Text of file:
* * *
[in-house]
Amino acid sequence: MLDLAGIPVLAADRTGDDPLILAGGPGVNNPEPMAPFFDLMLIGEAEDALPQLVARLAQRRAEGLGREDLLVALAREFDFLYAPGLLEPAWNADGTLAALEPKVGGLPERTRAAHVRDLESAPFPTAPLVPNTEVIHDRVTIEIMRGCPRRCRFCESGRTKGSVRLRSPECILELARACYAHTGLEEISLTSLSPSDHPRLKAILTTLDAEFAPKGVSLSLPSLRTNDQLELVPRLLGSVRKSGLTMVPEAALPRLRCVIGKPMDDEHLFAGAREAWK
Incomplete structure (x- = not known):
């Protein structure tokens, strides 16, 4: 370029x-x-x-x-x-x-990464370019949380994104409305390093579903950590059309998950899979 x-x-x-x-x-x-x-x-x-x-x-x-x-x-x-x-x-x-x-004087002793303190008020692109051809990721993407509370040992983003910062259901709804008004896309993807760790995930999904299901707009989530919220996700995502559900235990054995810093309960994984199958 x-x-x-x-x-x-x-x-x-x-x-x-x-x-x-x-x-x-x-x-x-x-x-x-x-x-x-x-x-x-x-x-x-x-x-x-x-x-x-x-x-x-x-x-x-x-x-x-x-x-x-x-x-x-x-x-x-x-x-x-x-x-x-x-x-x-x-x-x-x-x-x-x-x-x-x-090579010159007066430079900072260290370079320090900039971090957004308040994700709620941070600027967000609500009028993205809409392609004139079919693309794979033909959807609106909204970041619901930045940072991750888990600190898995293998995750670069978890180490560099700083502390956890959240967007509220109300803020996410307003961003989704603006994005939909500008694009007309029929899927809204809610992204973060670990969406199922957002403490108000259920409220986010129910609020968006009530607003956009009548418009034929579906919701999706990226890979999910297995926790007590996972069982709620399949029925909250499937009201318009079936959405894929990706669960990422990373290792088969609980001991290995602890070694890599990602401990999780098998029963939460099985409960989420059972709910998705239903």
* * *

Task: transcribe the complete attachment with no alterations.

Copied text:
[in-house]
Amino acid sequence: MLDLAGIPVLAADRTGDDPLILAGGPGVNNPEPMAPFFDLMLIGEAEDALPQLVARLAQRRAEGLGREDLLVALAREFDFLYAPGLLEPAWNADGTLAALEPKVGGLPERTRAAHVRDLESAPFPTAPLVPNTEVIHDRVTIEIMRGCPRRCRFCESGRTKGSVRLRSPECILELARACYAHTGLEEISLTSLSPSDHPRLKAILTTLDAEFAPKGVSLSLPSLRTNDQLELVPRLLGSVRKSGLTMVPEAALPRLRCVIGKPMDDEHLFAGAREAWK
Incomplete structure (x- = not known):
């Protein structure tokens, strides 16, 4: 370029x-x-x-x-x-x-990464370019949380994104409305390093579903950590059309998950899979 x-x-x-x-x-x-x-x-x-x-x-x-x-x-x-x-x-x-x-004087002793303190008020692109051809990721993407509370040992983003910062259901709804008004896309993807760790995930999904299901707009989530919220996700995502559900235990054995810093309960994984199958 x-x-x-x-x-x-x-x-x-x-x-x-x-x-x-x-x-x-x-x-x-x-x-x-x-x-x-x-x-x-x-x-x-x-x-x-x-x-x-x-x-x-x-x-x-x-x-x-x-x-x-x-x-x-x-x-x-x-x-x-x-x-x-x-x-x-x-x-x-x-x-x-x-x-x-x-090579010159007066430079900072260290370079320090900039971090957004308040994700709620941070600027967000609500009028993205809409392609004139079919693309794979033909959807609106909204970041619901930045940072991750888990600190898995293998995750670069978890180490560099700083502390956890959240967007509220109300803020996410307003961003989704603006994005939909500008694009007309029929899927809204809610992204973060670990969406199922957002403490108000259920409220986010129910609020968006009530607003956009009548418009034929579906919701999706990226890979999910297995926790007590996972069982709620399949029925909250499937009201318009079936959405894929990706669960990422990373290792088969609980001991290995602890070694890599990602401990999780098998029963939460099985409960989420059972709910998705239903």